Process Server Portrayals in the Media vs. Real Life
Hollywood is known to be a magical place where anything can happen. But that doesn’t mean that everything we see on the screen is true to life. In fact, most of the time it is highly exaggerated.
This is especially true for easily misunderstood jobs, such as process serving. In an effort to create comedy, drama, or a shorter run time, the job of a process server is often misrepresented.
Here are some examples of how the real job of a process server differs from its media portrayals.
“You’ve Been Served”
One of the more realistic representations of process servers occurs in the TV show “New Girl” starring Zoey Deschanel.
In this scene, the process server approaches Deschanel’s character, Jess, and her friends in a bar. He identifies Jess, hands her the papers, declares, “You’ve been served,” and promptly leaves.
This is a pretty straightforward representation; however, there are a few mistakes. Typically, a process server will locate someone in their home, not in a public place like a bar. Another misrepresentation is his abrupt exit. A process server will usually explain why they are there.
Rude and Pushy Servers
If you’ve ever seen the 2002 film “Serving Sara” starring Mathew Perry, you might have the idea that process servers are rude, pushy, and disrespectful.
In this movie, Perry plays a goofy process server named Joe Tyler. This character engages in all kinds of hijinks to serve his target, including entering a home without permission, impersonating a home inspector, and taking a picture of Sara while she’s off-guard.
While it makes for a funny movie, this is not at all how process servers conduct themselves in real life. In fact, behaving like this could get the entire case thrown out if the judge determines due process was not served.
In reality, process servers are trained to be as professional and respectful as possible. They are not allowed to enter premises without permission, as this could even result in a dangerous situation.
Another silly representation of process servers takes place in the classic comedy “Pineapple Express.” In this movie, Seth Rogan plays process server Dale Denton, who will do just about anything to complete his job, including wearing disguises.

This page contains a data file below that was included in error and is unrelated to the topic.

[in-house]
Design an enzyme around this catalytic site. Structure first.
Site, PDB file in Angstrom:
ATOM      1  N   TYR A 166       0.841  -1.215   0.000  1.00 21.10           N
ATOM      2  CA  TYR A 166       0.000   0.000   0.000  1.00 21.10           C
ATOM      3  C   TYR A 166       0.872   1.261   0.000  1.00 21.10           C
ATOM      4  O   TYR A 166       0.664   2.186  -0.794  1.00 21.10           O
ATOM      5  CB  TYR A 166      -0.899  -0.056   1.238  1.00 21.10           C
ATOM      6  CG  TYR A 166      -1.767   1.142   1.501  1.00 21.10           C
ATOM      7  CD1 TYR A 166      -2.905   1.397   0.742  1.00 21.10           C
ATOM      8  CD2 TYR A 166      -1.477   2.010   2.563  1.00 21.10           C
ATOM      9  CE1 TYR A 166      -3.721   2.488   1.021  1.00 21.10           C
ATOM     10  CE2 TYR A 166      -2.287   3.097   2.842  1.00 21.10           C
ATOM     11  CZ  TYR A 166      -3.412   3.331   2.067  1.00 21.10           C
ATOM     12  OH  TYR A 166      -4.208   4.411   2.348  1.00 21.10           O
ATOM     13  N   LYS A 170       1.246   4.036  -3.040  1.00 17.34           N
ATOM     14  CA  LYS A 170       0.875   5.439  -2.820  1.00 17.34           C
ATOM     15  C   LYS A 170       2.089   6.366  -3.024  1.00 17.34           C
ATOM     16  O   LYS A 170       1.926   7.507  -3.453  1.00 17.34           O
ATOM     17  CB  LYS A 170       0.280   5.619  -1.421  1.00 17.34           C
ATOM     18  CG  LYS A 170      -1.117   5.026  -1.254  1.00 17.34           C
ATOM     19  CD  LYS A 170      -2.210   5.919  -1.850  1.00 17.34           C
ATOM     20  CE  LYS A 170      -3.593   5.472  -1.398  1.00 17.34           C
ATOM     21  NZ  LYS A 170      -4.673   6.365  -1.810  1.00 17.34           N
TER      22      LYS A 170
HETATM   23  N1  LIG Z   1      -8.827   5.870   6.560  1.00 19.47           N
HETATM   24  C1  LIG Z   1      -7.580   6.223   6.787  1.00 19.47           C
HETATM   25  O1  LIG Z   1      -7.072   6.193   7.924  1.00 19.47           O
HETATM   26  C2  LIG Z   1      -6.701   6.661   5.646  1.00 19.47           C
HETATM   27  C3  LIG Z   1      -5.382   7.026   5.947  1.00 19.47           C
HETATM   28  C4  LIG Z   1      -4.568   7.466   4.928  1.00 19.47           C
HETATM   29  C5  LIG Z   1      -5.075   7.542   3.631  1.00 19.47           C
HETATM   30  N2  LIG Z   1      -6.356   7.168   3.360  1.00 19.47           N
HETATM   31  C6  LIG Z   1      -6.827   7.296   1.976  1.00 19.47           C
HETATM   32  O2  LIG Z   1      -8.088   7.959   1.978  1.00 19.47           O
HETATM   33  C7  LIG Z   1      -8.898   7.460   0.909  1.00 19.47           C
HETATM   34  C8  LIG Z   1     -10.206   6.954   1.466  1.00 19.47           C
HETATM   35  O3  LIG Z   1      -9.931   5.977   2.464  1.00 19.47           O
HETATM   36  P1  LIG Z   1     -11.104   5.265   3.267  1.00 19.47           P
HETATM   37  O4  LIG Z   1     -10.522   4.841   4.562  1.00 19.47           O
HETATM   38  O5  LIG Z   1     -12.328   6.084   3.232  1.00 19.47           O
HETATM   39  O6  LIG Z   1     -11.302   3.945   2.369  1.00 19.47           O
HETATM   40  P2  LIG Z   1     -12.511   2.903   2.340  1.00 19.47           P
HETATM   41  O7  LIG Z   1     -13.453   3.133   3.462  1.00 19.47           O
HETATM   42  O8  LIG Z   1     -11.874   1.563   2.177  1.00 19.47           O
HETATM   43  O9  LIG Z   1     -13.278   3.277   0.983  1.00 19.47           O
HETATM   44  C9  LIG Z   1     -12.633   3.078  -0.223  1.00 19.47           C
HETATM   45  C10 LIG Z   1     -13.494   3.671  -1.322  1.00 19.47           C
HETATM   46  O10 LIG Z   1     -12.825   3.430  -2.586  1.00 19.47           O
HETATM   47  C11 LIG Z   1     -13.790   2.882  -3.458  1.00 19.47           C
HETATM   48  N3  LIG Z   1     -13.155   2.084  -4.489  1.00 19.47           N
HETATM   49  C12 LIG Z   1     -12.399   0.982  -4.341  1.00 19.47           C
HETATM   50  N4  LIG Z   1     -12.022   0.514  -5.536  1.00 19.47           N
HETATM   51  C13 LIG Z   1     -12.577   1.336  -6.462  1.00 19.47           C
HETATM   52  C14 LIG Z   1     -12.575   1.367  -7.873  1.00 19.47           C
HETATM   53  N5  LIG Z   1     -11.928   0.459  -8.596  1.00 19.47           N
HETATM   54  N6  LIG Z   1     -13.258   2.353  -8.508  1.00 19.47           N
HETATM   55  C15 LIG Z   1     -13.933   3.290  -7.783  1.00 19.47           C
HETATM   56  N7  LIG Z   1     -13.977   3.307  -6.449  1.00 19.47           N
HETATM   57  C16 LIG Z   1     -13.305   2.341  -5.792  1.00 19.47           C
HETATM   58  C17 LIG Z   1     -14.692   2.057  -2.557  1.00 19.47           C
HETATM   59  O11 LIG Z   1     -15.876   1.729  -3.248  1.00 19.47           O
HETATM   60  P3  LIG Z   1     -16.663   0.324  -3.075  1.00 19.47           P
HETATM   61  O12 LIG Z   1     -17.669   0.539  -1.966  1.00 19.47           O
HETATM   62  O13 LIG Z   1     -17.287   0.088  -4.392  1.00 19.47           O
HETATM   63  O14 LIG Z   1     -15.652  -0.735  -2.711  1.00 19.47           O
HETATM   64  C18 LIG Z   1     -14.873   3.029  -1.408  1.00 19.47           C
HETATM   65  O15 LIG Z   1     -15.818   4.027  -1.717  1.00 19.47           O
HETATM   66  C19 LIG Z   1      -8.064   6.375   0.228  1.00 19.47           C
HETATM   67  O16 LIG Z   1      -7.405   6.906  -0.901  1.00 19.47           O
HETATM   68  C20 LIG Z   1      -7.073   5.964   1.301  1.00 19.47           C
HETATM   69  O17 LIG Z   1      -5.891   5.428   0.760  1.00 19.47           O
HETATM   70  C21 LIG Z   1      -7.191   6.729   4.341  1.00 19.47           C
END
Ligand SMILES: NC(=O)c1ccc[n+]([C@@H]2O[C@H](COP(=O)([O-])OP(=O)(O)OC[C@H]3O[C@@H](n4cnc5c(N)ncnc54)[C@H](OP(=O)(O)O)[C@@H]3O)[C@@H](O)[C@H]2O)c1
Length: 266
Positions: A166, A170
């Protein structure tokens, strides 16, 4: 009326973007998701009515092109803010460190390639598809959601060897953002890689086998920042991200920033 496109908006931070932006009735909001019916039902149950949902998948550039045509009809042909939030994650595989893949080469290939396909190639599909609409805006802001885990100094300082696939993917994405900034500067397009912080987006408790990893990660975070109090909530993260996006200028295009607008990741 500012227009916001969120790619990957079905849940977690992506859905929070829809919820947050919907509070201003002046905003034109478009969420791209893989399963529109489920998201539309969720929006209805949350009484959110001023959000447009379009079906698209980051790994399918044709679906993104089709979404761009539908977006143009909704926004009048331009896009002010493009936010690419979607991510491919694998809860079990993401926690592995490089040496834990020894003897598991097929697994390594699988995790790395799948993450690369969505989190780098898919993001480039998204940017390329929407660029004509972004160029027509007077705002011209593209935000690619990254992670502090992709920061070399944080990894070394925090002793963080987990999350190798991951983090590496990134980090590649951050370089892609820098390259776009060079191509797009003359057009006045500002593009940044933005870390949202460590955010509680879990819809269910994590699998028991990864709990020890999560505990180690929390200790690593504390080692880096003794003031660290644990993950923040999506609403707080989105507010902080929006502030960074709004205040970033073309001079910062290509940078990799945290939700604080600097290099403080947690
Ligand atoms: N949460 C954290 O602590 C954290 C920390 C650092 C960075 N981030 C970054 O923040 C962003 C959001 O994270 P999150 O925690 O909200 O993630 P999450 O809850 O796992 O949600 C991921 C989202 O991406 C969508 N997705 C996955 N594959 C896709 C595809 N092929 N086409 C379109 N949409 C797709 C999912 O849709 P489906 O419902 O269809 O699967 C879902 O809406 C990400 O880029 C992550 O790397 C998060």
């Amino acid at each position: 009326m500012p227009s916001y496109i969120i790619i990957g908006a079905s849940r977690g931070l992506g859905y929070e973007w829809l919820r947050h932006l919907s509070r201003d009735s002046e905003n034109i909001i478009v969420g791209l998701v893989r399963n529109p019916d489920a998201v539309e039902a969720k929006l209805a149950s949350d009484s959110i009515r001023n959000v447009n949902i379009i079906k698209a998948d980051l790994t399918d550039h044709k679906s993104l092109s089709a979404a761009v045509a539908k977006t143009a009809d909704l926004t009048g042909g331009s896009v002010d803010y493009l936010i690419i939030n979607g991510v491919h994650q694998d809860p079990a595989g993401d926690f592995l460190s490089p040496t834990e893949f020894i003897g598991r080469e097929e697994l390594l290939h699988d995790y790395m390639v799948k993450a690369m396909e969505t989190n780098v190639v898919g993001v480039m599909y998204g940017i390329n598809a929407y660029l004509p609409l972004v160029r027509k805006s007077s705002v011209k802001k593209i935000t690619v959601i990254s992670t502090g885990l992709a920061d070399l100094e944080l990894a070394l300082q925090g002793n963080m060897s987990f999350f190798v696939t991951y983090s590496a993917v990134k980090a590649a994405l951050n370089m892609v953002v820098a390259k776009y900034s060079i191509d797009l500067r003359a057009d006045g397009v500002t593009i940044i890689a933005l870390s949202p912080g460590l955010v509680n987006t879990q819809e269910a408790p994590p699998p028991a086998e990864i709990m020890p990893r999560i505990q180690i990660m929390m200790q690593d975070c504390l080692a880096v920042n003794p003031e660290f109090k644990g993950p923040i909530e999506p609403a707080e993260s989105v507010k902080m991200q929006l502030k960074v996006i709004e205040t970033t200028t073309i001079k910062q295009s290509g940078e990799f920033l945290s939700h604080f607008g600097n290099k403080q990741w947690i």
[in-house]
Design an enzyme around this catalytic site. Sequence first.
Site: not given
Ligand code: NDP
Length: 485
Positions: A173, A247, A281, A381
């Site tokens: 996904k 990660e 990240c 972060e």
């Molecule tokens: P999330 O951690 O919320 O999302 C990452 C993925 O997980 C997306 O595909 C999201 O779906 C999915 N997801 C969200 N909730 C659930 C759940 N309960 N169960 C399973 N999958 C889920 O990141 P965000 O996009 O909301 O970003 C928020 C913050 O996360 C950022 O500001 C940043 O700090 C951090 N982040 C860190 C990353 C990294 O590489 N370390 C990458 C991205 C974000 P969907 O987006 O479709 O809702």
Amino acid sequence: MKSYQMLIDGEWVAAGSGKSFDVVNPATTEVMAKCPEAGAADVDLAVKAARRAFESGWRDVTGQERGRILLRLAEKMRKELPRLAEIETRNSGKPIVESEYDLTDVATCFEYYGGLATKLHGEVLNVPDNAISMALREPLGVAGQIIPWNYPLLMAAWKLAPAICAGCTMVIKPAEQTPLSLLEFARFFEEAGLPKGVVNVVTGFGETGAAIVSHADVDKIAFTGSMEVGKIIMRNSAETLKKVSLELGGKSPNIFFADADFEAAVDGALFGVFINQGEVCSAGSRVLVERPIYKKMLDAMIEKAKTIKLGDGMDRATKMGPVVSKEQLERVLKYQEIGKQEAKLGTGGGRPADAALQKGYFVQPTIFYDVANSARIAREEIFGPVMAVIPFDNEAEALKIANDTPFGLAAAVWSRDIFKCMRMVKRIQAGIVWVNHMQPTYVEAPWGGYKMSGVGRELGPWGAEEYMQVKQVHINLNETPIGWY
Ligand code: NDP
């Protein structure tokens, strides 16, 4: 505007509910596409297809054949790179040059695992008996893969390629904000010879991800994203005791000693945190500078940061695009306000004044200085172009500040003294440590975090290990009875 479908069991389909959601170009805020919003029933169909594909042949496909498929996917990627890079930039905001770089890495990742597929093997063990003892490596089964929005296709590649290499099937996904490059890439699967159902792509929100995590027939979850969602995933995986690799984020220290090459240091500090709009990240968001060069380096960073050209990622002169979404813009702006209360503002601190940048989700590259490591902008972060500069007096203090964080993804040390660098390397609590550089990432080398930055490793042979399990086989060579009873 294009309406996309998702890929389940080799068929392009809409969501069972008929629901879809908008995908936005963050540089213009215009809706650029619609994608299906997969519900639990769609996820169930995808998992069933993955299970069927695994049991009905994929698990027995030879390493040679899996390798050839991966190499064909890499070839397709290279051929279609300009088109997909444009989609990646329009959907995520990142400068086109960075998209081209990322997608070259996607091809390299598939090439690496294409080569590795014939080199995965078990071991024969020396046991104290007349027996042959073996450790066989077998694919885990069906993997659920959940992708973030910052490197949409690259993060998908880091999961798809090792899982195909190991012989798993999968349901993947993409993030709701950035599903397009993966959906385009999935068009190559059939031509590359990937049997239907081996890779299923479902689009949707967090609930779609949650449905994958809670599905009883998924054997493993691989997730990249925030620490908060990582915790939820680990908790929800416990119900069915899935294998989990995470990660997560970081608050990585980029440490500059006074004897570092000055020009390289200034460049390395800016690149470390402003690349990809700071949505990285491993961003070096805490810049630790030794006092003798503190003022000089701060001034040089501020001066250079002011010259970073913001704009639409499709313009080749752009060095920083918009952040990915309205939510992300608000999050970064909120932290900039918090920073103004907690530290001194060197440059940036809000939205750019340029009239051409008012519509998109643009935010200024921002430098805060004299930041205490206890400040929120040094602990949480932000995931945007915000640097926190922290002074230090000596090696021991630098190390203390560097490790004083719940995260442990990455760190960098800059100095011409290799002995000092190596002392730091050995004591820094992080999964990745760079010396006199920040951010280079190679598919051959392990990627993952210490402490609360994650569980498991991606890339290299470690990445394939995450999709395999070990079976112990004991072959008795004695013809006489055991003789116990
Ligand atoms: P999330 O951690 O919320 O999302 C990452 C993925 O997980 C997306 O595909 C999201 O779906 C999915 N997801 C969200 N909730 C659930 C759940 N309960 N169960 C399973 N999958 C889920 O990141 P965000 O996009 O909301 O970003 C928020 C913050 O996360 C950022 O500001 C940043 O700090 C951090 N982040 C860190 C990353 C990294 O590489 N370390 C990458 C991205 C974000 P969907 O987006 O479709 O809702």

While wearing disguises is not totally out of the question for process servers, there are definitely some limitations to this tactic that the movie purposely ignores.
For example, Rogan’s character dresses up like a doctor and enters an operating room in the middle of surgery. This is not only dangerous, but it is also illegal. Process servers cannot impersonate doctors, law officers, or mail carriers. Still, it’s a pretty funny scene.
Next on our list is the reality TV show “All Worked Up.” This show follows people with difficult jobs that often result in angry people and physical violence. One such person is Byran Mcelderry, a New York process server.
Many episodes show Byran getting cussed out or even physically attacked by the people he is trying to serve. While this is an unfortunate reality, it is much rarer than the show portrays. Reality TV is notorious for staging situations to amp up the drama, or carefully editing otherwise normal encounters, and that seems to be the case with this show.
Furthermore, when process servers encounter aggressive people, they will almost never fight back or attempt to reason with these people. Instead, they will prioritize their safety and professionalism by simply trying again another day.
Professional Nationwide Service of Process
We provide quick and effective service of process all across the nation. Backed by our extensive database and over 30 years of experience, we provide the legal services you can trust. Call now to learn more!